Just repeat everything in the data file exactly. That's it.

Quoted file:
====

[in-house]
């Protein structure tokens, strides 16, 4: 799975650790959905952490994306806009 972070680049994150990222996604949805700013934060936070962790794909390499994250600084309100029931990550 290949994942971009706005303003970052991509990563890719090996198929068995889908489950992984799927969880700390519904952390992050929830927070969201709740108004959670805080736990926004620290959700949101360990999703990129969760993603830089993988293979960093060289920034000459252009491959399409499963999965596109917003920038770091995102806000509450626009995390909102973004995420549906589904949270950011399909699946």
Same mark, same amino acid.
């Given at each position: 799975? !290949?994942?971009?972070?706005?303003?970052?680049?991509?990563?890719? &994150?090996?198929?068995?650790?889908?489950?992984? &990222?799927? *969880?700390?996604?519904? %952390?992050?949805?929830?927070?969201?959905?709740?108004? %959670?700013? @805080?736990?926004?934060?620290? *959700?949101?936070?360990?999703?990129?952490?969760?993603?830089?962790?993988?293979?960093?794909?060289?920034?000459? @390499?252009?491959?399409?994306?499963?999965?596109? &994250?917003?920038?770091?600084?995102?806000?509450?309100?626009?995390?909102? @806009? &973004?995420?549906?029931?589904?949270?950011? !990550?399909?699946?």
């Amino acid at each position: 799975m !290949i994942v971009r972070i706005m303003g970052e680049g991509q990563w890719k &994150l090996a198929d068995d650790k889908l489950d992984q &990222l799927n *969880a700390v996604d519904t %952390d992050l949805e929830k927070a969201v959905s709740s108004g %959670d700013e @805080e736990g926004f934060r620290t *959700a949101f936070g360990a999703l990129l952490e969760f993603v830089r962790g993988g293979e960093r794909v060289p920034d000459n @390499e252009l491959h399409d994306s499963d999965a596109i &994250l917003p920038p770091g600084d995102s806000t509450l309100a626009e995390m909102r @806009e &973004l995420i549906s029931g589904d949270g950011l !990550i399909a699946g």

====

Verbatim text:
[in-house]
């Protein structure tokens, strides 16, 4: 799975650790959905952490994306806009 972070680049994150990222996604949805700013934060936070962790794909390499994250600084309100029931990550 290949994942971009706005303003970052991509990563890719090996198929068995889908489950992984799927969880700390519904952390992050929830927070969201709740108004959670805080736990926004620290959700949101360990999703990129969760993603830089993988293979960093060289920034000459252009491959399409499963999965596109917003920038770091995102806000509450626009995390909102973004995420549906589904949270950011399909699946």
Same mark, same amino acid.
């Given at each position: 799975? !290949?994942?971009?972070?706005?303003?970052?680049?991509?990563?890719? &994150?090996?198929?068995?650790?889908?489950?992984? &990222?799927? *969880?700390?996604?519904? %952390?992050?949805?929830?927070?969201?959905?709740?108004? %959670?700013? @805080?736990?926004?934060?620290? *959700?949101?936070?360990?999703?990129?952490?969760?993603?830089?962790?993988?293979?960093?794909?060289?920034?000459? @390499?252009?491959?399409?994306?499963?999965?596109? &994250?917003?920038?770091?600084?995102?806000?509450?309100?626009?995390?909102? @806009? &973004?995420?549906?029931?589904?949270?950011? !990550?399909?699946?």
């Amino acid at each position: 799975m !290949i994942v971009r972070i706005m303003g970052e680049g991509q990563w890719k &994150l090996a198929d068995d650790k889908l489950d992984q &990222l799927n *969880a700390v996604d519904t %952390d992050l949805e929830k927070a969201v959905s709740s108004g %959670d700013e @805080e736990g926004f934060r620290t *959700a949101f936070g360990a999703l990129l952490e969760f993603v830089r962790g993988g293979e960093r794909v060289p920034d000459n @390499e252009l491959h399409d994306s499963d999965a596109i &994250l917003p920038p770091g600084d995102s806000t509450l309100a626009e995390m909102r @806009e &973004l995420i549906s029931g589904d949270g950011l !990550i399909a699946g």